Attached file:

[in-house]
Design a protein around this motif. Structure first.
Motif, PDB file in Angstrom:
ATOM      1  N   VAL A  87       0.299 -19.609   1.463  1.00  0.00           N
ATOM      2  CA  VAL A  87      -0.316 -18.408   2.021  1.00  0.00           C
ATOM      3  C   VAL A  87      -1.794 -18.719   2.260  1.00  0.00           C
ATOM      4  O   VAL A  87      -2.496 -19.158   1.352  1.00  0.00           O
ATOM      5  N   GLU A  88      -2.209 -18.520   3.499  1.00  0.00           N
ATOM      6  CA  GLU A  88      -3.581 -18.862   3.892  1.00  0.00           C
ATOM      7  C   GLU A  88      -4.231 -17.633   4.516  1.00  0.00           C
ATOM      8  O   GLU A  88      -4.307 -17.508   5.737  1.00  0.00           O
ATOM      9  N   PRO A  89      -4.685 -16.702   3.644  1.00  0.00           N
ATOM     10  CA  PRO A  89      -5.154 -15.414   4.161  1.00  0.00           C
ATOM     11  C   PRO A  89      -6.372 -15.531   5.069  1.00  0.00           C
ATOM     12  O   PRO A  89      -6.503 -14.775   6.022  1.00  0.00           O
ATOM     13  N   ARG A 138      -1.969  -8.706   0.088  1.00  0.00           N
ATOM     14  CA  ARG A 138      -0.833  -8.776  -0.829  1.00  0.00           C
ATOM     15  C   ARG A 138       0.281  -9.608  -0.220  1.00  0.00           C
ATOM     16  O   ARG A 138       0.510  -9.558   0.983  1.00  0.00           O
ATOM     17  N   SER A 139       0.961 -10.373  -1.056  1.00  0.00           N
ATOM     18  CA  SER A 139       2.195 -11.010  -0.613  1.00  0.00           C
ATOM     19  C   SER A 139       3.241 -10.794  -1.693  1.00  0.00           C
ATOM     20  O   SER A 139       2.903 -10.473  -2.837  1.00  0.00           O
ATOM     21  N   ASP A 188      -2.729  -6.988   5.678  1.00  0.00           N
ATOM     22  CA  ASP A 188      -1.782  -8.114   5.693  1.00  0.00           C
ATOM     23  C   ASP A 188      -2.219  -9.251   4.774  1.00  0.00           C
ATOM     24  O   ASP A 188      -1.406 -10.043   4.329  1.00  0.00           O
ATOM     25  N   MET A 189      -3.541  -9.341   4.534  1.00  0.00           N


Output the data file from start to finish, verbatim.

[in-house]
Design a protein around this motif. Structure first.
Motif, PDB file in Angstrom:
ATOM      1  N   VAL A  87       0.299 -19.609   1.463  1.00  0.00           N
ATOM      2  CA  VAL A  87      -0.316 -18.408   2.021  1.00  0.00           C
ATOM      3  C   VAL A  87      -1.794 -18.719   2.260  1.00  0.00           C
ATOM      4  O   VAL A  87      -2.496 -19.158   1.352  1.00  0.00           O
ATOM      5  N   GLU A  88      -2.209 -18.520   3.499  1.00  0.00           N
ATOM      6  CA  GLU A  88      -3.581 -18.862   3.892  1.00  0.00           C
ATOM      7  C   GLU A  88      -4.231 -17.633   4.516  1.00  0.00           C
ATOM      8  O   GLU A  88      -4.307 -17.508   5.737  1.00  0.00           O
ATOM      9  N   PRO A  89      -4.685 -16.702   3.644  1.00  0.00           N
ATOM     10  CA  PRO A  89      -5.154 -15.414   4.161  1.00  0.00           C
ATOM     11  C   PRO A  89      -6.372 -15.531   5.069  1.00  0.00           C
ATOM     12  O   PRO A  89      -6.503 -14.775   6.022  1.00  0.00           O
ATOM     13  N   ARG A 138      -1.969  -8.706   0.088  1.00  0.00           N
ATOM     14  CA  ARG A 138      -0.833  -8.776  -0.829  1.00  0.00           C
ATOM     15  C   ARG A 138       0.281  -9.608  -0.220  1.00  0.00           C
ATOM     16  O   ARG A 138       0.510  -9.558   0.983  1.00  0.00           O
ATOM     17  N   SER A 139       0.961 -10.373  -1.056  1.00  0.00           N
ATOM     18  CA  SER A 139       2.195 -11.010  -0.613  1.00  0.00           C
ATOM     19  C   SER A 139       3.241 -10.794  -1.693  1.00  0.00           C
ATOM     20  O   SER A 139       2.903 -10.473  -2.837  1.00  0.00           O
ATOM     21  N   ASP A 188      -2.729  -6.988   5.678  1.00  0.00           N
ATOM     22  CA  ASP A 188      -1.782  -8.114   5.693  1.00  0.00           C
ATOM     23  C   ASP A 188      -2.219  -9.251   4.774  1.00  0.00           C
ATOM     24  O   ASP A 188      -1.406 -10.043   4.329  1.00  0.00           O
ATOM     25  N   MET A 189      -3.541  -9.341   4.534  1.00  0.00           N